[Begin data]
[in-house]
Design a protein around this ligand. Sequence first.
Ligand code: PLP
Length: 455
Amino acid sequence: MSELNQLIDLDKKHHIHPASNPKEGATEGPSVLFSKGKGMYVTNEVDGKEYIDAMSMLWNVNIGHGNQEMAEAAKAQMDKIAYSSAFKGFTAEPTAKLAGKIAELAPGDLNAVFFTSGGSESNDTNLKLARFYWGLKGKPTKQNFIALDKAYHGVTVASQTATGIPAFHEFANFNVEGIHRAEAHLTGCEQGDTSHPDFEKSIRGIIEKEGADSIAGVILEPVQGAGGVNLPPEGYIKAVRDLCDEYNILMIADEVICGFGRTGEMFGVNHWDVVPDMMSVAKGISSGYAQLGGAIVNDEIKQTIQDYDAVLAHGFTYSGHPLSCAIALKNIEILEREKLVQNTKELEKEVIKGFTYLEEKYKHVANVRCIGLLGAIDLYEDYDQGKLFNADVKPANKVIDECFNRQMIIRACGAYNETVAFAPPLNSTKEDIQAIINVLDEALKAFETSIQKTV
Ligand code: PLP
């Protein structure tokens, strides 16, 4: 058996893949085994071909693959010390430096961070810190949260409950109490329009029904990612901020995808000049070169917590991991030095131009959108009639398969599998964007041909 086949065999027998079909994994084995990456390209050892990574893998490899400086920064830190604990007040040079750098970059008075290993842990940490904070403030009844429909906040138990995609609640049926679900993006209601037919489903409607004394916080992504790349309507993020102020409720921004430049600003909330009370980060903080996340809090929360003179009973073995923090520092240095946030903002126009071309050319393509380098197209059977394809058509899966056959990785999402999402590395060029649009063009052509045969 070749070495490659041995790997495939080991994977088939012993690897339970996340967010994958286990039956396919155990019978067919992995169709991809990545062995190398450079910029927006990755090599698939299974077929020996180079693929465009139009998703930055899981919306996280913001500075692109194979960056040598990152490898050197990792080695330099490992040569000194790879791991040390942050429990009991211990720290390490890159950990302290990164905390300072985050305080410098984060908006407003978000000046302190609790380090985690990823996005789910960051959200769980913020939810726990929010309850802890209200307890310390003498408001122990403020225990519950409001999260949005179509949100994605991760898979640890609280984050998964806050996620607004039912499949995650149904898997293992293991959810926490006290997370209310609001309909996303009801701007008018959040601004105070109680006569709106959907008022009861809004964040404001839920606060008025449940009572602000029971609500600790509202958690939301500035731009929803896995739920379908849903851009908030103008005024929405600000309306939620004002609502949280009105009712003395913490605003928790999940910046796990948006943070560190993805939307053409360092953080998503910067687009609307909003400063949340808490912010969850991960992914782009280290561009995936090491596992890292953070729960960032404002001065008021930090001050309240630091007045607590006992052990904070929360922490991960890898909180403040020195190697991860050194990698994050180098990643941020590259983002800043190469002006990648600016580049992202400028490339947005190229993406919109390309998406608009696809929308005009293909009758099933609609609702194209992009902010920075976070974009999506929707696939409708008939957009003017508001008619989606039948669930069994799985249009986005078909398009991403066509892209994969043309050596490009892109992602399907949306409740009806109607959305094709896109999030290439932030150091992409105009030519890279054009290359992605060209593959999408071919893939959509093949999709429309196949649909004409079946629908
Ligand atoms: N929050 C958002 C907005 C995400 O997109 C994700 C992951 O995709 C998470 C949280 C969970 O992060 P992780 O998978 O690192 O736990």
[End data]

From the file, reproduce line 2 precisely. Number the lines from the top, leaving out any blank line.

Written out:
Design a protein around this ligand. Sequence first.